China Lawyers

I was a panelist on the “China Operational Issues” yesterday at the United States-China Business Council’s (USCBC), 46th Annual Membership Meeting. Jake Parker, USBC’s, USCBC’s Vice President of China Operations was on the panel with me and Anna Ashton, USCBC’s Director of Business Advisory Services, was our moderator. It was a great event and I learned a ton about China’s politics, China’s economy, and China’s military ambitions. Madeline Albright gave a great speech. Attendees are not to write about what was discussed so the below very much focuses on what I said.

My panel was mostly tasked with conveying what we were seeing/hearing about how China was treating U.S. companies in response to the US-China Trade War and how U.S. companies were reacting to both China’s treatment and to the Trade War.

In my talk, I focused on what our China lawyers were hearing about China’s treatment of foreign companies, true or false. I discussed the following:

  1. China’s courts would not take on lawsuits brought by foreign companies against Chinese companies. I heard this rumor a week or so ago by a reporter for a top national newspaper who called me seeking confirmation. I reached out to one of our attorneys in Beijing and to various others who would know about this and though some had heard the same rumor, nobody believed it to be true. FALSE NOW AND NOT LIKELY TO HAPPEN.
  2. China had retaliated or would retaliate against Apple Computer. This one is all over the media, but Apple’s Tim Cook yesterday said Apple has suffered no retaliation and he does not expect any. I don’t disagree. Apple generates a lot of jobs for China and China retaliation against Apple would scare away other foreign companies. FALSE NOW AND NOT LIKELY TO HAPPEN.
  3. Americans getting denied service at retail establishments for being American. I have one confirmed incident of this happening in a 2nd or 3rd tier city and I have heard of other incidents involving people I do not know. This sort of thing happens in the United States and around the world – just ask someone Chinese who lives in the United States. This is repugnant, when done anywhere, but isolated incidents do not a country nor a policy make and so long as these incidents remain isolated (and not encouraged by the government) they are not likely to impact foreign companies conducting business in China. TRUE, BUT RARE.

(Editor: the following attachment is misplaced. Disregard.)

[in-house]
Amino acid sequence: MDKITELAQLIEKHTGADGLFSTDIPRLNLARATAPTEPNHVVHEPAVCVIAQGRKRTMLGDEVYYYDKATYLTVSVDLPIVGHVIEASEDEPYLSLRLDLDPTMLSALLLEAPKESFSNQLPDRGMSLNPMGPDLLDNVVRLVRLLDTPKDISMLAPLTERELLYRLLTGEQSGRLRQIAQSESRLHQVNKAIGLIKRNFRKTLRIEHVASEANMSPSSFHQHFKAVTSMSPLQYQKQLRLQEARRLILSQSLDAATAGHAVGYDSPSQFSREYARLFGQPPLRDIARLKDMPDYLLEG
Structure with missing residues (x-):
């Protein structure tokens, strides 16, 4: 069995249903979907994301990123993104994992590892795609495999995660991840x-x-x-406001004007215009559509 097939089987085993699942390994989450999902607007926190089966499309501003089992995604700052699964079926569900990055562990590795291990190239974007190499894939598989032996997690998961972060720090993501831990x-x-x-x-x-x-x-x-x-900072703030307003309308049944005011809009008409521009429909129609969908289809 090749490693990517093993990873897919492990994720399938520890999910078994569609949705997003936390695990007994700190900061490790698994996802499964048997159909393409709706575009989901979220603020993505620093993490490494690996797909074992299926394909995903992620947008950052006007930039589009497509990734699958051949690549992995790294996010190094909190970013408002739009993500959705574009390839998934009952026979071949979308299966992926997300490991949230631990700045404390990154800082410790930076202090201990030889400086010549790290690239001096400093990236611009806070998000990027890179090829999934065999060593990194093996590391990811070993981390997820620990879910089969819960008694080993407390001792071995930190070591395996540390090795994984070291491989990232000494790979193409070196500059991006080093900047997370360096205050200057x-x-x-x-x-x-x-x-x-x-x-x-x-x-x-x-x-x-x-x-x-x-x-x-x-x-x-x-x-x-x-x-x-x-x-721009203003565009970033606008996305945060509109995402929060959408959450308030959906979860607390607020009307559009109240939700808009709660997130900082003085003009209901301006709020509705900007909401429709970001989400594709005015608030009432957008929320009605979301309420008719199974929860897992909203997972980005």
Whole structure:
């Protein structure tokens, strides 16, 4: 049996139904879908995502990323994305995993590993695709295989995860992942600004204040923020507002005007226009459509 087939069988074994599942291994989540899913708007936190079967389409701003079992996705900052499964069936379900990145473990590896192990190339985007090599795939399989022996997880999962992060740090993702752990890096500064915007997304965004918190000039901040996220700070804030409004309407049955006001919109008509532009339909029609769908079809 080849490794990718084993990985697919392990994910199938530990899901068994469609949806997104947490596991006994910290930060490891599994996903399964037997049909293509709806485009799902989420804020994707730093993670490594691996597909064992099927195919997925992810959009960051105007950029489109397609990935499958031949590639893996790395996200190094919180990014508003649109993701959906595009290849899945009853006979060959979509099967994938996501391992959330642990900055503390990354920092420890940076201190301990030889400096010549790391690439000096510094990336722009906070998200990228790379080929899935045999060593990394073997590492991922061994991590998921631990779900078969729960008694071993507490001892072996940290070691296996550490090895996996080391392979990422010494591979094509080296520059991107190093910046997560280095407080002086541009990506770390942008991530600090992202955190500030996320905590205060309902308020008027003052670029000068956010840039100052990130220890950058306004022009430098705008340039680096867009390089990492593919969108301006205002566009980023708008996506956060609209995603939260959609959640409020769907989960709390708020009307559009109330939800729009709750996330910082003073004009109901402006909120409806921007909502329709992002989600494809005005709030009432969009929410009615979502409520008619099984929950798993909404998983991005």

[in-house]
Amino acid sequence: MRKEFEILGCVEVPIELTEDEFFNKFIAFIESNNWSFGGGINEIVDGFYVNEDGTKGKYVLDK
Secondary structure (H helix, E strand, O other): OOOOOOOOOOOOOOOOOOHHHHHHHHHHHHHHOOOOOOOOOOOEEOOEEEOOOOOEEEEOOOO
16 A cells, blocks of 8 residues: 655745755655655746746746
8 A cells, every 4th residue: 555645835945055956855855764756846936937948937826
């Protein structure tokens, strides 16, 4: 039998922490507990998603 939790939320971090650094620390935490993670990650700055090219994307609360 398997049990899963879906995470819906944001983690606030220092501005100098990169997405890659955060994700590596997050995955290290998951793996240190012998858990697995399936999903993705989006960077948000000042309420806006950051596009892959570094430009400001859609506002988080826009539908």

4. Canadians calling their employees home for fear of their remaining in China. China arrested and imprisoned two Canadians in retaliation for Canada’s arrest of Meng Wanzhou and upped the sentence for a Canadian drug dealer from 15 years to execution and stopped buying Canadian canola oil. See How to Avoid Being Detained in China. China is retaliating against Canada and it may eventually do the same against the United States. TRUE.
  5. China will ban all foreign TV shows and movies. China did block the Games of Thrones finale (and not to protect its citizens from a weak episode), but it has not banned all foreign TV and movies. FALSE
  6. China is telling companies (especially SOEs) not to buy U.S. products. We have heard from clients that this is happening or will happen or might happen. China has previously done issued these instructions for less reason than now and it has happened with Canadian canola oil so I believe it is happening to at least some extent with US and other foreign companies as well. ALMOST CERTAINLY TRUE.
  7. Increasing legal enforcement against foreign companies and individual. This has been happening for the last ten or so years and this is what China always does in economic downturns and I have no doubt it is doing so again now. See Want to Keep Your Business in China? Do These Things NOW. TRUE.
  8. China banned its citizens from going to the United States. I heard this one via email the morning of the event. China did issue a travel warning for the United States, but this warning is not much different than the travel warnings the United States issues regarding US citizens traveling to foreign countries. See China issues US travel warning over ‘shootings’. Was this in retaliation for the Trade War? Probably yes. Does this matter? Probably not and certainly a lot less than the persistent shootings. FALSE.